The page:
Monday, 16 December 2013

Yellow-throated euphonia

Euphonia hirundinacea

Photo by David Welch (David Welch Art)

Common name:
yellow-throated euphonia (en); gaturamo-de-garganta-amarela (pt); organiste à gorge jaune (fr); fruterito gorjiamarillo (es); schwalbenorganist (de)

Order Passeriformes
Family Thraupidae

This species is found in Central America, from eastern and south-eastern Mexico down to Costa Rica.

These birds are 10-11 cm long and weigh 15 g.

The yellow-throated euphonia is found in both moist and dry tropical forests, in gallery forests, rural gardens, second growths and arable land. They are present from sea level up to an altitude of 1.200 m.

They feed mainly on fruits and berries, particularly mistletoe berries. They are know to eat berries that are poisonous to other species. They also take small insects from the foliage.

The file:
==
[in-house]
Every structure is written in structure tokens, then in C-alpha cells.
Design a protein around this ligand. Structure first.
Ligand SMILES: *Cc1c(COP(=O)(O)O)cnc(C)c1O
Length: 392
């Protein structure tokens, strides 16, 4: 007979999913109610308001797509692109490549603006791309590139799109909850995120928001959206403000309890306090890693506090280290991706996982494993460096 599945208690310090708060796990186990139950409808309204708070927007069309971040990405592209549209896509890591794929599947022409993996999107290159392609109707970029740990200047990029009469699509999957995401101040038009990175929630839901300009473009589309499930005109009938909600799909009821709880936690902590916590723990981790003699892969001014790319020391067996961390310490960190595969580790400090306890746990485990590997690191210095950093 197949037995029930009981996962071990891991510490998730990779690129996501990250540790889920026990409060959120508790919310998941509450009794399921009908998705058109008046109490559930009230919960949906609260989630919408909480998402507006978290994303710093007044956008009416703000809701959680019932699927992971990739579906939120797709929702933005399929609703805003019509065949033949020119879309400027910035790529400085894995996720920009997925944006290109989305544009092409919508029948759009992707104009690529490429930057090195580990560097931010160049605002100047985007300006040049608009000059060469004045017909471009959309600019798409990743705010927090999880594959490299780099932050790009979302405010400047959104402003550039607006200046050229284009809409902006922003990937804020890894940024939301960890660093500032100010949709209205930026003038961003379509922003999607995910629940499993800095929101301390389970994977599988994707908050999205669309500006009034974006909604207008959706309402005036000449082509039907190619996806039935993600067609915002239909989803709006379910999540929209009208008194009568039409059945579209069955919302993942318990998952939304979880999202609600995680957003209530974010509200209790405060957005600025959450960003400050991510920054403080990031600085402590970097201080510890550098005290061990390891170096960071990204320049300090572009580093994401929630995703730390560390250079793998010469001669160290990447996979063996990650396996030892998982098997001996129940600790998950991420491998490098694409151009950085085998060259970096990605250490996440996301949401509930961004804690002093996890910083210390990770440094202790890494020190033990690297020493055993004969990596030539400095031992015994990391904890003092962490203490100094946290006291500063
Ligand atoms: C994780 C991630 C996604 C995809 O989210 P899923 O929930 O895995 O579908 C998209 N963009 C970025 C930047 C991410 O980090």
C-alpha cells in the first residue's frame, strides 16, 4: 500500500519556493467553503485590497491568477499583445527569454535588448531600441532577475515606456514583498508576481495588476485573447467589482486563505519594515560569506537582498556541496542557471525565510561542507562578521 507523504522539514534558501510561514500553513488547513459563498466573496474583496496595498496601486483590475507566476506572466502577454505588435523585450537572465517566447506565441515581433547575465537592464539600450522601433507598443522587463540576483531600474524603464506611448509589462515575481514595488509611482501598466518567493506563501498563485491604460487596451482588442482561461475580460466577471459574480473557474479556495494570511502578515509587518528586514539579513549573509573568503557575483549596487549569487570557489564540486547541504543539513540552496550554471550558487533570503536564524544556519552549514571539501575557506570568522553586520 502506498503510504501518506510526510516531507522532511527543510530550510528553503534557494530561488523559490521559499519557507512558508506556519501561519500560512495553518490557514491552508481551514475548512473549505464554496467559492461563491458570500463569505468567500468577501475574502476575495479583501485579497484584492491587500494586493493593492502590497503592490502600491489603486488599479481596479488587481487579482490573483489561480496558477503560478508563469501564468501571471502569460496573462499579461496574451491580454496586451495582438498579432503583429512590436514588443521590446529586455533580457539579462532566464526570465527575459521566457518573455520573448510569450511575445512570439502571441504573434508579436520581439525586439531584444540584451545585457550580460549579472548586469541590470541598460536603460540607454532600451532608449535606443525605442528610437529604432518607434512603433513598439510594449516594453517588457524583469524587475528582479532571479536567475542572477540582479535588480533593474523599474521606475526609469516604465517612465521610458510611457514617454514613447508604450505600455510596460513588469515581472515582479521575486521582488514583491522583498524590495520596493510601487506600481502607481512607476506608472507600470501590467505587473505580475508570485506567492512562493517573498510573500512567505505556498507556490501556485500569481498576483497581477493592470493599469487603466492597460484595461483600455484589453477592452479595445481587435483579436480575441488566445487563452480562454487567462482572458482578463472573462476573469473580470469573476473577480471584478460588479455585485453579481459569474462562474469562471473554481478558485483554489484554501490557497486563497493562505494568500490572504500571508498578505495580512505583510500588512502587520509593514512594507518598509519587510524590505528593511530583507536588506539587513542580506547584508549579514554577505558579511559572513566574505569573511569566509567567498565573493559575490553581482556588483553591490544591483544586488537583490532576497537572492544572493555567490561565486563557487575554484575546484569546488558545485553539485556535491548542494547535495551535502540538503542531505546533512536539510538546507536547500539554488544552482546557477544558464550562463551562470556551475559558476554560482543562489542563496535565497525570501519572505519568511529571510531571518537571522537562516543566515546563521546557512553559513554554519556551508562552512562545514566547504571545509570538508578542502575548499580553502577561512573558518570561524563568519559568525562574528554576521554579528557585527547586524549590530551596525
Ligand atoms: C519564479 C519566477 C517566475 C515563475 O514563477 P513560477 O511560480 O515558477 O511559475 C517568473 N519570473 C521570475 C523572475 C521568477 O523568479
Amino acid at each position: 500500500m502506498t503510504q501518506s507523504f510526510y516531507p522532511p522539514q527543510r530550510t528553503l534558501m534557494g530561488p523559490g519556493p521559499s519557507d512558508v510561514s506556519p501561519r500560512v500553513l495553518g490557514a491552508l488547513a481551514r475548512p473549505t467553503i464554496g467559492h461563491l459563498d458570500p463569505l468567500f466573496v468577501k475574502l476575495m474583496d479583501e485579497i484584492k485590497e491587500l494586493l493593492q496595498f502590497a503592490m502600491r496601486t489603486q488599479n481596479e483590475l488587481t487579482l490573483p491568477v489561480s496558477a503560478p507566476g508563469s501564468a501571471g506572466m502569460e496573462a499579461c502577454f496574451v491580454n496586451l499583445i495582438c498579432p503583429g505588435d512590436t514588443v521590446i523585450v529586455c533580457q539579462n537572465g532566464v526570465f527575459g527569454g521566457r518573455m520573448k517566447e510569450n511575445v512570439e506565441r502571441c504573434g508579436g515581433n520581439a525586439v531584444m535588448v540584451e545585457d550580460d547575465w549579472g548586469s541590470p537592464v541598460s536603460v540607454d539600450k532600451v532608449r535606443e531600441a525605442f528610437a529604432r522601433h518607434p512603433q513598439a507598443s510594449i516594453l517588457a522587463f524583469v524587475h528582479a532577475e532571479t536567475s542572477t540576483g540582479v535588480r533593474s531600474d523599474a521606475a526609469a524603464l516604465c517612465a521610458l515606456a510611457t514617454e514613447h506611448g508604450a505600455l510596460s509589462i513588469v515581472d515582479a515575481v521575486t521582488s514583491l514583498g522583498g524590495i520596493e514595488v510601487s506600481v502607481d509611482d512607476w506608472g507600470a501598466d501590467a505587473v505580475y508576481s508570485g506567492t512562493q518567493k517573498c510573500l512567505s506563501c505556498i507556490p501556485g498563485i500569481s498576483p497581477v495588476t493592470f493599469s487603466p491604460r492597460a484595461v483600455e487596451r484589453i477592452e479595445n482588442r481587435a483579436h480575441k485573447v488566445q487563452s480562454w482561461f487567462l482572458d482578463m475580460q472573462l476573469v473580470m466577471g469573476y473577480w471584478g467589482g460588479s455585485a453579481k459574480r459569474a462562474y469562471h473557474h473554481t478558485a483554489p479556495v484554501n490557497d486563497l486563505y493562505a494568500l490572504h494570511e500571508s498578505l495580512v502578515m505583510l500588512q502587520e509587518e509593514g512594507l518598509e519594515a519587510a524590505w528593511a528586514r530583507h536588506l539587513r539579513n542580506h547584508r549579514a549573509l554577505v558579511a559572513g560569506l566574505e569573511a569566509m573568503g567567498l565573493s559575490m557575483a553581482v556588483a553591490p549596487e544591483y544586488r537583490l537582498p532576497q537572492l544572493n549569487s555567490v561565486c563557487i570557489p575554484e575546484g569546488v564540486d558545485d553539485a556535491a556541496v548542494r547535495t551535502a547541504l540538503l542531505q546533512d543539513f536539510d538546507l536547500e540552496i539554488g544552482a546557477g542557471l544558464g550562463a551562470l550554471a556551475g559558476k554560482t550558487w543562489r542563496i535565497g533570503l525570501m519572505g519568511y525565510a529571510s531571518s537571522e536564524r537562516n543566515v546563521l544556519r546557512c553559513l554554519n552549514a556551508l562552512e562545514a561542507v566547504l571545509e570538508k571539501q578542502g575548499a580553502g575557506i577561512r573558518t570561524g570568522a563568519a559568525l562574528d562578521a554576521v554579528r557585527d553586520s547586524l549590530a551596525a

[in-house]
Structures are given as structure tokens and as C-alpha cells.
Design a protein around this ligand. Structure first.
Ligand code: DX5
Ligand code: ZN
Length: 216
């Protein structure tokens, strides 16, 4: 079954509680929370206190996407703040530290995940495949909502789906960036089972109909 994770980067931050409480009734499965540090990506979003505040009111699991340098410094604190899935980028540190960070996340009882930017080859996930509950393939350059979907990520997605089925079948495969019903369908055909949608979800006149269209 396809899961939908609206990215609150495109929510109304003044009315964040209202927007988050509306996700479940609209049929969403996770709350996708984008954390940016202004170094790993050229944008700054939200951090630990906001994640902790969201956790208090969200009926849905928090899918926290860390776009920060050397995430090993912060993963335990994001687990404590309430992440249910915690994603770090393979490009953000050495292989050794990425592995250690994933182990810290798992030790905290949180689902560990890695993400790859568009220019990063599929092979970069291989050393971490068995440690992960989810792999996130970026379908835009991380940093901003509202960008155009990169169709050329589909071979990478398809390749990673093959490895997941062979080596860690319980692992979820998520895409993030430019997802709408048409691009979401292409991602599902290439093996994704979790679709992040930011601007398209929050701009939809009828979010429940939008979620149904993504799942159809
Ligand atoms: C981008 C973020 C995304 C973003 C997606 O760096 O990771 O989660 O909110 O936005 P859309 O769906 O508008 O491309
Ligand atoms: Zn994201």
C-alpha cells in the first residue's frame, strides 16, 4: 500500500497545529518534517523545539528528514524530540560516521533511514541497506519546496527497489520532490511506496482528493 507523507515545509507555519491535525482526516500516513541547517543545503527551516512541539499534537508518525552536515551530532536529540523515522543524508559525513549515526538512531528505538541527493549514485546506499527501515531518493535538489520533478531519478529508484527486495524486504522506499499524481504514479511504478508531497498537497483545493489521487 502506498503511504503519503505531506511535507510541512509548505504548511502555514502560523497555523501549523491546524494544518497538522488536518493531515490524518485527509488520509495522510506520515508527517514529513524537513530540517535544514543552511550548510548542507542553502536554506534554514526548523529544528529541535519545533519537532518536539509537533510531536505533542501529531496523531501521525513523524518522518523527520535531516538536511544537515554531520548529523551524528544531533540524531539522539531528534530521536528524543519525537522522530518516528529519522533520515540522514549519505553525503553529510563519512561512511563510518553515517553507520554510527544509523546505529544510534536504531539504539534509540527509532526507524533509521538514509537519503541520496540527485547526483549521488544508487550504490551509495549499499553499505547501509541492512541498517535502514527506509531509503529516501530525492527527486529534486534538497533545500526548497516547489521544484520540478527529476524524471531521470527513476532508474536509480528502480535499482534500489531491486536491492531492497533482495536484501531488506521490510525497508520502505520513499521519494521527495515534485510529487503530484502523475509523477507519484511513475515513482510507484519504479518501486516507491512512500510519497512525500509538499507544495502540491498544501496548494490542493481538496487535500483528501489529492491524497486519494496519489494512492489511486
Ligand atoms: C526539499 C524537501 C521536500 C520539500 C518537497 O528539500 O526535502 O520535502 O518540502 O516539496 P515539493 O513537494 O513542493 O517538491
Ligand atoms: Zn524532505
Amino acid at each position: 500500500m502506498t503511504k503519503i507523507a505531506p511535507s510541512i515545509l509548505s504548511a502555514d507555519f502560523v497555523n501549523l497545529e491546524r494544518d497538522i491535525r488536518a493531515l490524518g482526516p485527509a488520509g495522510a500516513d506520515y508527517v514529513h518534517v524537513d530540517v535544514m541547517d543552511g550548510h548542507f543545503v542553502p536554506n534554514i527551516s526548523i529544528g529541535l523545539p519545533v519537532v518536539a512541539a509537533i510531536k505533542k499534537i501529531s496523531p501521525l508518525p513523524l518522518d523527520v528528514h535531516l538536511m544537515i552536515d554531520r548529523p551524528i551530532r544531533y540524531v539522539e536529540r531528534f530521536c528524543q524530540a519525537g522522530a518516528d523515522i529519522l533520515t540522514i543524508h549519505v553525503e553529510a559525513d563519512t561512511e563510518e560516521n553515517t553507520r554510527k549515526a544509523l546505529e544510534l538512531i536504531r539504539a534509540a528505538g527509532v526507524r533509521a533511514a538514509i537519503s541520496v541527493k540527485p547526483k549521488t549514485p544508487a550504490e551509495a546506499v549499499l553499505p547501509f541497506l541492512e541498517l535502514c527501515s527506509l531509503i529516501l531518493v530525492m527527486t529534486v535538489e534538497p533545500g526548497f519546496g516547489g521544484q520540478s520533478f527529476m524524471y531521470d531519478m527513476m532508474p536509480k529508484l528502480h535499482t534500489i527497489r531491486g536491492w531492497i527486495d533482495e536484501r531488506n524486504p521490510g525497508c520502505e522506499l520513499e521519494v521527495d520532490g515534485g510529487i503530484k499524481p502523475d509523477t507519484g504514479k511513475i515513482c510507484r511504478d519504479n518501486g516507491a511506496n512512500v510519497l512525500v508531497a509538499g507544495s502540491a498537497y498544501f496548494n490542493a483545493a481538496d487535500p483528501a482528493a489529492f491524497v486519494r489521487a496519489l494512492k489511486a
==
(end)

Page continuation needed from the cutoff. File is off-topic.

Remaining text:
Yellow-throated euphonias breed in March-September. The nest is a globular structure with a side entrance, placed on a stump, at the base of a palm frond, on an epiphyte or on a fence pole, usually 1-15 m above the ground. There the female lays 3-5 white eggs with brown spots, which she incubates alone for 15 days. The chicks are fed by both parents and fledge 19 days after hatching.

IUCN status - LC (Least Concern)
This species has a large breeding range and a global population estimated at 0,5-5 million individuals. The population is suspected to be stable in the absence of evidence for any declines or substantial threats.

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